by Jerome Armstrong, Tue Nov 14, 2006 at 11:14:51 AM EST
I've heard from a couple of different Hill sources that Murtha is ahead; that newly elected Democrats favor Hoyer by a 2:1 margin, but that Murtha is ahead by about 25 votes overall, which has come about from the standing members after Nancy Pelosi's letter. The vote is Thursday. Let's hope that sticks and Murtha becomes the Majority Leader.
by Matt Stoller, Tue Nov 14, 2006 at 10:47:50 AM EST
Over the past five days, I've become both more positive on Murtha as majority leader and more convinced that this vote does matter. I can't effectively speak to the politics or the records of both men, and I'm not super-comfortable with our Democratic leaders, as you may have noticed. But the American people delivered a mandate on Iraq. And on that issue, Steny Hoyer just has no credibility, whereas Jack Murtha is a voice and a leader. We owe Murtha as much as anyone for our Democratic majorities. The public voted for change in Iraq. Only Jack Murtha represents that change.
At the end of the day, Democrats need clarity on the big stuff, and that means Iraq. We just have to get that right. Murtha was wrong at first on the war, but he revised his opinion and wisely used his credibility to change the course of the debate. He inspired Ned Lamont to come into the race in Connecticut, and that moved us to where we are now. Steny Hoyer just isn't clear on Iraq. He has consistently undermined Pelosi on the war, and therefore, he has undermined the country's need for a real and clear debate. Both men have political methods that I don't feel comfortable with, to say the least, but I believe that Murtha recognizes that business-as-usual has damaged the credibility of Congress. Though he's a hard-working Democrat, Hoyer seems content with the status quo. That's an honest disagreement, but it's a big one.
I don't expect Democratic House members to care hugely about what I say. They know why they won their races, and they have their own consciences and their political calculations. If Hoyer were Majority Leader, the world wouldn't end. But if I were voting for a Majority Leader as opposed to scribbling on the internets, I'd vote for Jack Murtha. I mean, in a lot of ways he's the reason that Democrat in Congress are able to vote for a Majority Leader.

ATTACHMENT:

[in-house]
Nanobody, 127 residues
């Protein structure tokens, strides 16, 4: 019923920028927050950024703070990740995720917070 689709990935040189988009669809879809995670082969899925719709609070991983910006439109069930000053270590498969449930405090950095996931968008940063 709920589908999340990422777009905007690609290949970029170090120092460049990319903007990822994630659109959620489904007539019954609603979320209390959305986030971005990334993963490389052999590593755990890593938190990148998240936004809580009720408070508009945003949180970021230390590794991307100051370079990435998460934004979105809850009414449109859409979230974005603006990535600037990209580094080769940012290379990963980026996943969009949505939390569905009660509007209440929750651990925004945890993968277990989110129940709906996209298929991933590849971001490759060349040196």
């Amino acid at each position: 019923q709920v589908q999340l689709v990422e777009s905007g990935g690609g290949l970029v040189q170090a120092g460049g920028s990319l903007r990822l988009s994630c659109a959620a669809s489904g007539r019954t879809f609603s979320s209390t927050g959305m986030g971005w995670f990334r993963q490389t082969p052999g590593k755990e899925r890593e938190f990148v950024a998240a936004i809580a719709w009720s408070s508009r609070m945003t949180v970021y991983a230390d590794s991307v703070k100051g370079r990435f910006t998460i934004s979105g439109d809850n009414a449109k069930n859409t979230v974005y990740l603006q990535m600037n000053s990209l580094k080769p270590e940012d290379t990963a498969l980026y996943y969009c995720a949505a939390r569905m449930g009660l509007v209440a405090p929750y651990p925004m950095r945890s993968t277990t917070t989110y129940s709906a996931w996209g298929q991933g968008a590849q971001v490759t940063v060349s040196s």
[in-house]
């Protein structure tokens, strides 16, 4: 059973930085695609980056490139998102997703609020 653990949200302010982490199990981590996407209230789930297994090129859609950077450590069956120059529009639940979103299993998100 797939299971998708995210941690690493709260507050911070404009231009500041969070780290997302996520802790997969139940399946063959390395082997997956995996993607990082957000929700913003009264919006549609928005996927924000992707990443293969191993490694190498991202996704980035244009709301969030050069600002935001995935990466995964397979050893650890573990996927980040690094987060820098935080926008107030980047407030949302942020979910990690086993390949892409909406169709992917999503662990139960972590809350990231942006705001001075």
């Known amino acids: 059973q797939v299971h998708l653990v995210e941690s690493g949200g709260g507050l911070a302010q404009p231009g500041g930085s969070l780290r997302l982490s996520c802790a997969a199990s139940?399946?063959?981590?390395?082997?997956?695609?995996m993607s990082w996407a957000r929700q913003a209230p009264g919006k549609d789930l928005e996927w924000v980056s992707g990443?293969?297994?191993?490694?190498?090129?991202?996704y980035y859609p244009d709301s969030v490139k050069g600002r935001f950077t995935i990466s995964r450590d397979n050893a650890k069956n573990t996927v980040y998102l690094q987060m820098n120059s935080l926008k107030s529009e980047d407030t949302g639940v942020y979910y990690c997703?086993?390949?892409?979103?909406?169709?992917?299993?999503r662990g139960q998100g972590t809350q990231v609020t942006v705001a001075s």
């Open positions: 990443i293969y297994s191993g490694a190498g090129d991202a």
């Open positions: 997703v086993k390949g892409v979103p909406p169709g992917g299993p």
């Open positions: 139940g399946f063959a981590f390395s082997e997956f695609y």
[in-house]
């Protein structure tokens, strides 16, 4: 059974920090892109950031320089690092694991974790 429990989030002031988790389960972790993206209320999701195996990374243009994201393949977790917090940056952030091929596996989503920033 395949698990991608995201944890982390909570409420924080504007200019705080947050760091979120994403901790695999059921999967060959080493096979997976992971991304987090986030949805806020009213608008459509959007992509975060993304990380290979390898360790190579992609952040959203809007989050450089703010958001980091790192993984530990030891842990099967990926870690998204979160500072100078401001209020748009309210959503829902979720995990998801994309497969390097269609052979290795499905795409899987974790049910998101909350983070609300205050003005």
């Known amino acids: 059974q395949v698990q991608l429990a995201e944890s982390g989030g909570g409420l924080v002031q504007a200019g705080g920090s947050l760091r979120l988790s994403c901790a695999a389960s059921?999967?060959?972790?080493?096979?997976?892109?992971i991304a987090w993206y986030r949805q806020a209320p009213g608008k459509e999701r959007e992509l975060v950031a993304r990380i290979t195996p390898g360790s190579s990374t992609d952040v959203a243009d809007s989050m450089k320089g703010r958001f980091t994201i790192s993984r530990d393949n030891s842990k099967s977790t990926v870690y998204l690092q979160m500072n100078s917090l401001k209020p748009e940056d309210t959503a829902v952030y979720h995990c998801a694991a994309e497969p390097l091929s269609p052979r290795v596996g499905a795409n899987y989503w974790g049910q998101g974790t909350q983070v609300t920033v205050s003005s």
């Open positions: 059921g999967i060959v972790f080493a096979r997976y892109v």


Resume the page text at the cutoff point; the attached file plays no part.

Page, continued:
If you feel as I do, that this election was a mandate on honestly dealing with Iraq, then I would encourage you to contact your Democratic member of Congress and encourage a vote for Murtha.
by JasonGooljar, Mon Nov 13, 2006 at 06:50:16 PM EST
Currently, i'm reading a book titled Party Wars by Barbara Sinclair. In the book she talks about how the Democrats functioned as a minority party for so long (but no longer), yet kept party unity. This clearly shows the leadership that Nancy Pelosi is capable of displaying. I found this evident in the way the Democrats stood together on that horrible Medicare prescription drug bill in the past.
by skeptic06, Mon Nov 06, 2006 at 01:57:54 PM EST
Trouble with a capital T that rhymes with P that stands for...
A further indication from an apparently nonpartisan source that strife between (very broadly) the mods and the lefties in the Dem House party after its expected win may have already gathered a deal of momentum.
From one of the few bits of the Congressional Quarterly site that is outside the pay wall, Jeff Stein (National Security Editor, no less) takes on the dispute over whether Harman or Hastings should get the HIC chair.
by skeptic06, Thu Nov 02, 2006 at 12:35:58 PM EST
There's been fair amount of imaginative talk (as here, for instance) based on the Chuck Todd morning line on the Dem leadership-to-be.
Let's leave aside the clearly delusional notion that, under his Scenario II, a narrow Dem House win, the netroots will step forth to champion a Rahmbo bid for the Speakership. (That he put forward the notion might be thought to invalidate everything else he says. But, like I said...)
Shorn of the netroots nonsense, Todd's offering is this:
Will, say, 220 House Democrats stay united and elect Pelosi speaker, or will enough conservative House Democrats break and elect a compromise Democrat as speaker? Even the threat of Democrats peeling off and working in collaboration with the Republicans to do so might be enough to encourage a serious challenge to Pelosi inside the Democratic caucus.